- The entire organization is learning every day and improving from smaller experiments that are happening throughout the system. These lessons are made available to those facing similar problems in a way that same problems do not get solved over and over.
Our research with several organizations, including Toyota, Mayo Clinic, Nationwide, Cleveland Clinic, Thedacare Systems, IBM, General Electric and 3M etc. reveals that creating a perpetual learning organization such as the one described in Apollo requires creating four distinct learning systems. They include Alignment & Adaptability Systems, People Development Systems, Problem Solving Systems, and Daily Management Systems. We refer to them collectively as Operational Excellence Systems. See Figure 1 that describes these systems.
Figure 1: Operational Excellence Systems
Dimensions of the Operational Excellence Systems
- Alignment & Adaptability Systems – Systems that allow everyone in the organization to understand the value and purpose of the work they do and how it relates to the higher level strategy. This allows them to guide their actions as well develop adaptive skills to change for the future.
- People Development Systems – Extent to which the firm invest in practices that add skills and capabilities to employees at all levels that allows them to continuously experiment, reflect, learn and innovate and become change agents.
- Problem Framing & Solving Systems – The approaches taken by everyone when a problem arises in way the problem framing and solving processes are standardized across all levels of the organization and the learning permeate through the entire organization.
- Daily Management Systems – The practices leaders at all levels use every day to identify potential issues and ensure all activities are on track and create accountability and cadence to the functioning of their units.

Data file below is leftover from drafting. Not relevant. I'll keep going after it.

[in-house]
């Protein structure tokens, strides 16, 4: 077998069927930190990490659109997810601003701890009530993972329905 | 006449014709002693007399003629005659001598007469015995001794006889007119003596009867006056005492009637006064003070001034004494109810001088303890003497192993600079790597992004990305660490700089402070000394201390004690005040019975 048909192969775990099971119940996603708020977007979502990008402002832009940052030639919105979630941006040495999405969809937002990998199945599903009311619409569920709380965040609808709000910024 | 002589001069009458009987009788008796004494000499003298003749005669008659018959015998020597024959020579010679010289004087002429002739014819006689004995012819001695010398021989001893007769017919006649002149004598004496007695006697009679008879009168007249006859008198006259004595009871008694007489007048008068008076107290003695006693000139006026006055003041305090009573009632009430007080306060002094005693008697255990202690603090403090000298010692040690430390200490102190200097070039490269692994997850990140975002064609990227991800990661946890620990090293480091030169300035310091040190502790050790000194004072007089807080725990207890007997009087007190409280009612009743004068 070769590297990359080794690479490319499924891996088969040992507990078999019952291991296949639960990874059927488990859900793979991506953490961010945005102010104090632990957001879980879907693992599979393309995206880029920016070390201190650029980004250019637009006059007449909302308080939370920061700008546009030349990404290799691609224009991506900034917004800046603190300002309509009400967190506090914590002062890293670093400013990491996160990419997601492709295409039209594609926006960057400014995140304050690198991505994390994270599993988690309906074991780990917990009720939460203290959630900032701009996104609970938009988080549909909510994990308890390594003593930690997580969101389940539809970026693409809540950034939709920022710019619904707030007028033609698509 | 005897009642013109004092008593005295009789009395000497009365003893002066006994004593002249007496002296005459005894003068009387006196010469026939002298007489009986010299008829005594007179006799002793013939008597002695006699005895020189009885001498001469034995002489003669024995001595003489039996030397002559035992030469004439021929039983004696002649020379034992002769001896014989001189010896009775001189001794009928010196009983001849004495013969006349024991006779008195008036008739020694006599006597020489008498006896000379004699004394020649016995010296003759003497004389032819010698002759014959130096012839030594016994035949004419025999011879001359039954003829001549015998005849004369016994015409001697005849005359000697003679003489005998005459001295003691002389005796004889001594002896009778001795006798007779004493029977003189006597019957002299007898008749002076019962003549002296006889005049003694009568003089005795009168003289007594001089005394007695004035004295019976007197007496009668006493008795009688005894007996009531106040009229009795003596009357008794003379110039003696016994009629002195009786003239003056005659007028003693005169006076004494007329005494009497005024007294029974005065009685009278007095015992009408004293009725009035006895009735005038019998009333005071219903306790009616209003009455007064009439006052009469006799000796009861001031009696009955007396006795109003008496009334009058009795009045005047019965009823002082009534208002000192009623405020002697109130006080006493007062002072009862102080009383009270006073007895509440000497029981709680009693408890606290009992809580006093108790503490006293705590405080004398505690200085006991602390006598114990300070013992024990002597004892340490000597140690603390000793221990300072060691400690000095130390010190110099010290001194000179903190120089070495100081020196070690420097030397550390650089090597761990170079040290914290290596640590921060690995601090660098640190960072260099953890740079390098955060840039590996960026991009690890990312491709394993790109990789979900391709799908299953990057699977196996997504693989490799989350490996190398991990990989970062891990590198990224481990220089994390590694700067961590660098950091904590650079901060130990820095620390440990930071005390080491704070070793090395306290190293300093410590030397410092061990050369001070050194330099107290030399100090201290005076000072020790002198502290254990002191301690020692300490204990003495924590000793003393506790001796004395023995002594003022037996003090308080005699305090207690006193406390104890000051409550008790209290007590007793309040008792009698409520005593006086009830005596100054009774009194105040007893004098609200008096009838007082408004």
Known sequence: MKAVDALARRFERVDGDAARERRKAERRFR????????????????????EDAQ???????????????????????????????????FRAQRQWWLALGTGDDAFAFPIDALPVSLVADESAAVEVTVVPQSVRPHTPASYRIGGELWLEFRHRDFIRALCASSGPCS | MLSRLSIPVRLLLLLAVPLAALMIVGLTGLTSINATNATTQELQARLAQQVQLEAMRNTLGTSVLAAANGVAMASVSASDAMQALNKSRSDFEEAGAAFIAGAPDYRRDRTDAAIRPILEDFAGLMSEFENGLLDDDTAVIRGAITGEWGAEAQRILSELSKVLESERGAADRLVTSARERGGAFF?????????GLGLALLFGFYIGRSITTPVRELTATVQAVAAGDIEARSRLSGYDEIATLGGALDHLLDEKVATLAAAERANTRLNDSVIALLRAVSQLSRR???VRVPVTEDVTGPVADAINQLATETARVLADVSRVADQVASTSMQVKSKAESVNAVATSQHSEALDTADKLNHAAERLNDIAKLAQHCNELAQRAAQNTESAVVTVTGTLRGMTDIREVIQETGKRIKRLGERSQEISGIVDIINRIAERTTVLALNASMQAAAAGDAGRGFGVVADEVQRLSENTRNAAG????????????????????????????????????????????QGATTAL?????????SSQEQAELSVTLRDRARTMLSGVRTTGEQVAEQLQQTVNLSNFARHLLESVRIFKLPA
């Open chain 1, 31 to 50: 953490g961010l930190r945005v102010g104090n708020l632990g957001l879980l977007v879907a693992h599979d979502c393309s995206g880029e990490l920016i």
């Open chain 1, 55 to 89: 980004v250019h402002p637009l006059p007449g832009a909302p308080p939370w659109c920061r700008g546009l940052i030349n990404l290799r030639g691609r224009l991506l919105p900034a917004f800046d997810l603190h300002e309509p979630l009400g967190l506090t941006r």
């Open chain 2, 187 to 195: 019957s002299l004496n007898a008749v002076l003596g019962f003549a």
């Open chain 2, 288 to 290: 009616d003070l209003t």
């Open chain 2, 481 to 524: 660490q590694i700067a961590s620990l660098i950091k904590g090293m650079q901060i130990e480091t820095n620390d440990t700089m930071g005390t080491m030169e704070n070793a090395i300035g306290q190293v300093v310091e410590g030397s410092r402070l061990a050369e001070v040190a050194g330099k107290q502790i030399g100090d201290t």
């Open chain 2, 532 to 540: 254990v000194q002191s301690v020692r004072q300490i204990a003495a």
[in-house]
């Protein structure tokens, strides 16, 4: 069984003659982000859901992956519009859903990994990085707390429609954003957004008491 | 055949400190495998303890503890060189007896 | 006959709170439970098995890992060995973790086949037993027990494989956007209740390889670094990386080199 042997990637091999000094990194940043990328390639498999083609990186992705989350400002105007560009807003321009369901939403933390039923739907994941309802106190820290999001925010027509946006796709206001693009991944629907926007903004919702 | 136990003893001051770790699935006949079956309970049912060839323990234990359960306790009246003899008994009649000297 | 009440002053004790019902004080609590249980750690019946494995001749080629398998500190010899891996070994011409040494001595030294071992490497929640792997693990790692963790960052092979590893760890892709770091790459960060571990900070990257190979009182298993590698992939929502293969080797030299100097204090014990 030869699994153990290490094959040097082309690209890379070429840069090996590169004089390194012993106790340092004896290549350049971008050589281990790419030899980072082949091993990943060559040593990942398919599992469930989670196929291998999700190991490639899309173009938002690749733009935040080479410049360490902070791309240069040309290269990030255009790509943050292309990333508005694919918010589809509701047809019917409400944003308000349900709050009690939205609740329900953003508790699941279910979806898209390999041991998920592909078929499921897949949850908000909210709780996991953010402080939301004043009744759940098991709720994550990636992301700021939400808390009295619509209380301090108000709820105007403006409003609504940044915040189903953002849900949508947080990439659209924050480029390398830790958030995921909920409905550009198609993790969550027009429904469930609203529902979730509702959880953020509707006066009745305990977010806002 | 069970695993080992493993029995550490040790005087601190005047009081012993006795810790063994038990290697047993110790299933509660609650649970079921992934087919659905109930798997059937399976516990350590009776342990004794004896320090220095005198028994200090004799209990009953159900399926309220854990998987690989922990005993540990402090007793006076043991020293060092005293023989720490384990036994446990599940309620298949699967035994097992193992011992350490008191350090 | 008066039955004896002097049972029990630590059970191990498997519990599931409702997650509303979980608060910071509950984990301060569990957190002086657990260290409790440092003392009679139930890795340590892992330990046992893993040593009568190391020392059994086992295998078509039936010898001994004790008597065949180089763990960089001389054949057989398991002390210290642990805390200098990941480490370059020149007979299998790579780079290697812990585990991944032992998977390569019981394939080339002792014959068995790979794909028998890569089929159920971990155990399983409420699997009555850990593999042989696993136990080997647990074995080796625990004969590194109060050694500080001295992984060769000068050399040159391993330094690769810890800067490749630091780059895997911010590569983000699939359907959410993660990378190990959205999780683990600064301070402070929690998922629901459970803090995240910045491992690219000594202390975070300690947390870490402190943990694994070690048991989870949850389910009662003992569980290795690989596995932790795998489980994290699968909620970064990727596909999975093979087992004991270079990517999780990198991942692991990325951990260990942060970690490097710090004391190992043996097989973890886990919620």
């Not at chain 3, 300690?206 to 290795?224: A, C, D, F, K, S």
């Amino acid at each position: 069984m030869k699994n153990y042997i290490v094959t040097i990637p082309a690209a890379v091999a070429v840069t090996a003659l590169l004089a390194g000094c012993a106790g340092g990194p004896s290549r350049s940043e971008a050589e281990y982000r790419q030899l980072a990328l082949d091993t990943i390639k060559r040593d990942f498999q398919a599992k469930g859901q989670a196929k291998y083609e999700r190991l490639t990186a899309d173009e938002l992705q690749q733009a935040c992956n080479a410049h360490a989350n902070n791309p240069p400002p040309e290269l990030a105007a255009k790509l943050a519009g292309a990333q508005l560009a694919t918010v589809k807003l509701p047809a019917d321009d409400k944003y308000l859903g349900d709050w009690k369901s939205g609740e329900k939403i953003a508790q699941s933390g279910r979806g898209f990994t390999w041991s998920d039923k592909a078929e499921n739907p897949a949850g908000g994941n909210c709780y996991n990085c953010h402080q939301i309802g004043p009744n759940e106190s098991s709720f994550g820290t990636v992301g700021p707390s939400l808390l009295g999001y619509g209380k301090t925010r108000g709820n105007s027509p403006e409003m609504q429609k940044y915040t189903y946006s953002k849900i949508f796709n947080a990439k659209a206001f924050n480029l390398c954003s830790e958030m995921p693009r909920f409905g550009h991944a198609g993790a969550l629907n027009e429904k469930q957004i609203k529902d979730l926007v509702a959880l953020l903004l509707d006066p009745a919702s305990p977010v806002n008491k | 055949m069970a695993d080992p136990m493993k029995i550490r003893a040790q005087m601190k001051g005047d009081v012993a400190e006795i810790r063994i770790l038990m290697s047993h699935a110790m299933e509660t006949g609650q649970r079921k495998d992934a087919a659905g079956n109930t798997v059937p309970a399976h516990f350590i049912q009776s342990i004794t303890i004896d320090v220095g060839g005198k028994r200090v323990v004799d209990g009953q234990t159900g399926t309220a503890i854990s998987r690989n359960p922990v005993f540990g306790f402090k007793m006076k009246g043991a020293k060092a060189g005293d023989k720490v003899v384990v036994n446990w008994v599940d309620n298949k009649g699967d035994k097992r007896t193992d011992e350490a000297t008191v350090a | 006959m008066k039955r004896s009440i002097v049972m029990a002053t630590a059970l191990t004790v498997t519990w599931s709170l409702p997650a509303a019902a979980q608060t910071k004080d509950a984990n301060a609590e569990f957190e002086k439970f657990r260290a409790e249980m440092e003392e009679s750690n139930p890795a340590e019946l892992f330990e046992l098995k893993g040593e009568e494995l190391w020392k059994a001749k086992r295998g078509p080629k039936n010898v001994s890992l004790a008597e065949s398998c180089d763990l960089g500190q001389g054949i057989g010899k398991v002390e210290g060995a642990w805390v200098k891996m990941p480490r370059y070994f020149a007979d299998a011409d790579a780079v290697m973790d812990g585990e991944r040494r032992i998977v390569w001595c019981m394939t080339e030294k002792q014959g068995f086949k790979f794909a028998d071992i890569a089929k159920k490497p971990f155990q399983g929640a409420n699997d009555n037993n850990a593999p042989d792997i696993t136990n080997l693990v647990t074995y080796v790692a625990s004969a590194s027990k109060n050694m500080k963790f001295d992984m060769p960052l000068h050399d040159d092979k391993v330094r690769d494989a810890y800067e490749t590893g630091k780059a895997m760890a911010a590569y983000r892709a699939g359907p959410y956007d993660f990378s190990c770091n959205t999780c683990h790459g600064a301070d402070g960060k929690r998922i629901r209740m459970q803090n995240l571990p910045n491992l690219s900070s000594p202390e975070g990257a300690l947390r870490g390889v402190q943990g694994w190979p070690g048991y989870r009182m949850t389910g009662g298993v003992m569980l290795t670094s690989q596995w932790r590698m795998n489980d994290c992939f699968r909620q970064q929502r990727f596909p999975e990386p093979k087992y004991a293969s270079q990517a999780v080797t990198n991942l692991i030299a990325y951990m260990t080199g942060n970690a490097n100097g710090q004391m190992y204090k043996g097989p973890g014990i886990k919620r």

It is important to note that these systems are leader independent and sustains even after the departure of the architect responsible for creating them. They are also independent of the processes and business functions and has to exist at every level within the organization.
Our findings are not only informed through our research but also through our experience developing 300+ change leaders through the Master of Business of Operational Excellence (MBOE) program at the Fisher College of Business. In this program, executives from various industries develop their own operational excellence systems over a year. Through this journey, they document some of their challenges and opportunities when creating these systems back in their organizations.
What became evident to us through this learning journey is that even exemplar organizations don’t have all four systems at all levels within their organizations. The answer to creating a perpetual learning system may involve creating “isomorphic” structures of these systems at all areas in your organization.
Interested in knowing how to develop these systems in your organizations? See how our students and organizations partnering in MBOE program do by visiting https://fisher.osu.edu/graduate/mboe